Arbitration

AAA Announces New Appellate Procedure

When I served at the CPR Institute we periodically reminded users of arbitration that the Institute had devised a procedure whereby parties could contract for appellate review of arbitration awards.  I think I am correct that during my 10-year tenure no one ever availed themselves of these procedures, which on their face deprived arbitrated outcomes of one of their defining attributes — finality.

Nevertheless, one of the defining attributes of the American Arbitration Association in the past several years is its responsiveness to end-user concerns, and the Association reports that one of those concerns is a procedural safeguard against nutty awards.  So it has promulgated a revised set of Appellate Arbitration Rules.  The AAA explains:

The AAA’s new set of Optional Appellate Arbitration Rules (effective November 1, 2013) provides parties with a streamlined, standardized, appellate arbitration procedure that allows for a high-level review of arbitral awards while remaining consistent with the objective of an expedited, cost effective and just appellate arbitral process.

Traditionally, courts use narrowly-defined statutory grounds to set aside an arbitration award. Alternatively, these new rules provide for an appeal within the arbitration process. The appellate arbitral panel applies a standard of review more expansive than that allowed by existing federal and state statutes to vacate an award.  In this regard, the optional rules were developed for the types of large, complex cases where the parties think the ability to appeal is particularly important.

Sometimes I just feel out of date.  I understand arbitration to be the tool of merchants who, in the course of their business, encounter disagreements with commercial counterparties that require quick and decisive disposition in order not to interrupt the business.  You are trading 1000 bales of raw cotton a day, and over the course of a year some of those 365,000 bales will either be of disputed quality or will not be paid for.  So you have the cotton arbitrator make decisions.  Some go for you and some against, but the bales keep rolling in and keep rolling out and over the year it all evens out.  In other words, arbitration is a way to make sure cotton merchants don’t spend a lot of time on stuff other than cotton.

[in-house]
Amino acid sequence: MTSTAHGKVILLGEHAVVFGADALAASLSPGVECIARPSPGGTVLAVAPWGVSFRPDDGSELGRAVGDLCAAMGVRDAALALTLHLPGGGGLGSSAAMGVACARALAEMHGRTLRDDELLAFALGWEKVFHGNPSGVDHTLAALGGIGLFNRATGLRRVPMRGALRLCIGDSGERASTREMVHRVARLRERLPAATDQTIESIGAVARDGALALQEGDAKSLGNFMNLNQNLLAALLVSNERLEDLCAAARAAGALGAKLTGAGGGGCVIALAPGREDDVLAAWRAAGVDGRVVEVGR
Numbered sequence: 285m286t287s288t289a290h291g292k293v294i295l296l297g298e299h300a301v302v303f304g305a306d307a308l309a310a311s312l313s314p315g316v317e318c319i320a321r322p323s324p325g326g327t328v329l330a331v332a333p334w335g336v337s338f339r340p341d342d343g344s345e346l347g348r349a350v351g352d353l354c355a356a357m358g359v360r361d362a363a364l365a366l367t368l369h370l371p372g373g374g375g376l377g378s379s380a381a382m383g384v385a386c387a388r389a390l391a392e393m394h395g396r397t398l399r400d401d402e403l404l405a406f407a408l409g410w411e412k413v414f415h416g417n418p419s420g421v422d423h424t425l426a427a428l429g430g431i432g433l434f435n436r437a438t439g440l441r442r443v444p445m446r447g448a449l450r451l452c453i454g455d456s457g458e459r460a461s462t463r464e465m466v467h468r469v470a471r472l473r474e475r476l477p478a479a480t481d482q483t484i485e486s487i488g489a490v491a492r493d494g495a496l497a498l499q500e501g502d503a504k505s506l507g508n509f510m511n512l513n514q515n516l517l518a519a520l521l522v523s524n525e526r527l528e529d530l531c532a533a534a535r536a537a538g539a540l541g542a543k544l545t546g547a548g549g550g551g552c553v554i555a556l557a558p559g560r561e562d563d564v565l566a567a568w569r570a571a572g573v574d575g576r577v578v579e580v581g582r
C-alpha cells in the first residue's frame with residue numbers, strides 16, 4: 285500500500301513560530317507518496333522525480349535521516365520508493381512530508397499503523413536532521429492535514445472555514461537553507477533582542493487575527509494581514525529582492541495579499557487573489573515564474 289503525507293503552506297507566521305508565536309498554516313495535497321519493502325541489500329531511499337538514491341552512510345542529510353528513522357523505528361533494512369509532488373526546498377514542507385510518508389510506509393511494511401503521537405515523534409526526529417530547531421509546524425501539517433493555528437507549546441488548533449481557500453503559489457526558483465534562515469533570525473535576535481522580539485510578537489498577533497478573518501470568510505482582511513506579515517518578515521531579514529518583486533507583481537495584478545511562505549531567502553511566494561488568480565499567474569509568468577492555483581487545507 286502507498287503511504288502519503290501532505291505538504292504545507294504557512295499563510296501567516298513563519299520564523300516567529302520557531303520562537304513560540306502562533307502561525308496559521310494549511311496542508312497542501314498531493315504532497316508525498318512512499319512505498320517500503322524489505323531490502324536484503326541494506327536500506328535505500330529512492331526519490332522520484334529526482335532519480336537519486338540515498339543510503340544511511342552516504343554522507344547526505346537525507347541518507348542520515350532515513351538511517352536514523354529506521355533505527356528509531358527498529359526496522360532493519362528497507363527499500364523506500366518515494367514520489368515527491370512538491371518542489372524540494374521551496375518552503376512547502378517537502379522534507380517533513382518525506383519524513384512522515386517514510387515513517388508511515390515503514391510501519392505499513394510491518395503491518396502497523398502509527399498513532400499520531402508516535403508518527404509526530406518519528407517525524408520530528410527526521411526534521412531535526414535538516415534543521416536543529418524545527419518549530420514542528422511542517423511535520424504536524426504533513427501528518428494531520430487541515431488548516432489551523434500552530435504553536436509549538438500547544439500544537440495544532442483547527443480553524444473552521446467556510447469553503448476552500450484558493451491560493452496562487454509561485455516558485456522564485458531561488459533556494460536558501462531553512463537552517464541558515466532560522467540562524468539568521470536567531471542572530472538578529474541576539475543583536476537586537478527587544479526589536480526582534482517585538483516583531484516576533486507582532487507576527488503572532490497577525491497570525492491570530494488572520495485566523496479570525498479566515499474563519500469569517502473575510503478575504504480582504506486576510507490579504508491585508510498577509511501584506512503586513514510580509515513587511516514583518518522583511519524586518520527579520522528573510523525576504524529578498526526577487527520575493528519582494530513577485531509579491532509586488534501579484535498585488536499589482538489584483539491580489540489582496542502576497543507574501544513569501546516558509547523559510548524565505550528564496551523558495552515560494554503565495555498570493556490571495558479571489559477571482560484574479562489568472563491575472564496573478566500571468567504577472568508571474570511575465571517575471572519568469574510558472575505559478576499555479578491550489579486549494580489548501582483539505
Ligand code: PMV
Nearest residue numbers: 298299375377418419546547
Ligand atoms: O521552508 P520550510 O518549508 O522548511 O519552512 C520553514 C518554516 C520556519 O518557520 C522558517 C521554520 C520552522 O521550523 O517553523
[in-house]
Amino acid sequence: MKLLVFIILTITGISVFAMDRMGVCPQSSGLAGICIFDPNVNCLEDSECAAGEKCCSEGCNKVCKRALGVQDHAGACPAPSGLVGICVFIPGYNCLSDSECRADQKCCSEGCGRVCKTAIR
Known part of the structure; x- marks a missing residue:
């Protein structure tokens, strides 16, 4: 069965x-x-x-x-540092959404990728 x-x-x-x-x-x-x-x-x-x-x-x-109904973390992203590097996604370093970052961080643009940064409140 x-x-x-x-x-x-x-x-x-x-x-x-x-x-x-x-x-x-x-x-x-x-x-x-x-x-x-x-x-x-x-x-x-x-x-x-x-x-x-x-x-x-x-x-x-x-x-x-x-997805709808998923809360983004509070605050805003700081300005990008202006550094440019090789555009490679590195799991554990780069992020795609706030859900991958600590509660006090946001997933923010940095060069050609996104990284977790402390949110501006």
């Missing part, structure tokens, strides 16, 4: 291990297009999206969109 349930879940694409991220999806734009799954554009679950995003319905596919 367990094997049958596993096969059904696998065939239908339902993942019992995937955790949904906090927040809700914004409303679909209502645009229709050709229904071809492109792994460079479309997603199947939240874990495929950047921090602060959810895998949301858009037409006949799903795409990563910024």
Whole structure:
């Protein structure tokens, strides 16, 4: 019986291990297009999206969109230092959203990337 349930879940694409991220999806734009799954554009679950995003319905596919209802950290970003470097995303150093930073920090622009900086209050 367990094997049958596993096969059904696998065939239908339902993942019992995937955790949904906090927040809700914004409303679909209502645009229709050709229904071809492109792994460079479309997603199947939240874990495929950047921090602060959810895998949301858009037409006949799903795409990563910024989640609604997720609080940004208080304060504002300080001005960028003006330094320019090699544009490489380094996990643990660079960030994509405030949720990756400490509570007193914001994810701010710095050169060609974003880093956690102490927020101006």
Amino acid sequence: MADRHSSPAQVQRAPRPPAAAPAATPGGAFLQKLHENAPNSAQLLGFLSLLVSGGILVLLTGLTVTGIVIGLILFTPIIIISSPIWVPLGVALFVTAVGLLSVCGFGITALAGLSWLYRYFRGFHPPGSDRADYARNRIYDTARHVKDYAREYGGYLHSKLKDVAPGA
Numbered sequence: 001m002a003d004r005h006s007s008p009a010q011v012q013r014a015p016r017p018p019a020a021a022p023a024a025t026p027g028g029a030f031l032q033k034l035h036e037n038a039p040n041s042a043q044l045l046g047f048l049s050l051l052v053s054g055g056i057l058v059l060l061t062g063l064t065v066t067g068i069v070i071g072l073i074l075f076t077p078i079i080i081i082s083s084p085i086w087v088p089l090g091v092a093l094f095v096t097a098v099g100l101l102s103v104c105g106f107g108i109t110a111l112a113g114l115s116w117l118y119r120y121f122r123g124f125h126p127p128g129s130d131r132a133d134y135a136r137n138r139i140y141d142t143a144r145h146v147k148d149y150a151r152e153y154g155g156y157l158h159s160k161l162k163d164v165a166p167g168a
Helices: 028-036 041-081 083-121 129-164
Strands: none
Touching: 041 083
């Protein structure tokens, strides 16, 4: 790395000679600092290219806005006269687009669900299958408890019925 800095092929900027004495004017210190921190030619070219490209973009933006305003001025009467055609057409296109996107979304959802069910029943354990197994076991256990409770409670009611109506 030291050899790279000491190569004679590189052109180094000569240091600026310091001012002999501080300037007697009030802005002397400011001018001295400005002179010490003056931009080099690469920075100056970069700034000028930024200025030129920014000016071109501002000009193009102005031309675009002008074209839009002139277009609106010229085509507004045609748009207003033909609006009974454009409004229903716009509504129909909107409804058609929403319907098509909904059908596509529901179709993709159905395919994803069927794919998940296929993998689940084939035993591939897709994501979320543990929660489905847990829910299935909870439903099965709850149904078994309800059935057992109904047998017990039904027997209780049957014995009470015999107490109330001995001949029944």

Clearly, not so today.  Arbitration is conducted by lawyers and time is spent examining the hard drives of folks’ computers.  Moreover, we’re not talking cotton bales any more.  Folks are subject to arbitration — completely unknowingly — if they hook up a cable to their TV, buy a share of stock, or open a credit card account.   Indeed, one of my favorite illustrations of the place arbitration has taken in the American mentality is this sign, posted on the door of a retail establishment:

Arbit Notice on Door

(By the way, love that “American Mediation Association,” don’t you?)

So, according to the AAA, users of arbitration want an opportunity to put down their cotton bales and not only argue over one of the bales, but spend a second day arguing over the outcome of the argument they just had.  Meanwhile, the bales pile up at the wharf.  Surprises me, but, like I say, some days I just feel out of date.

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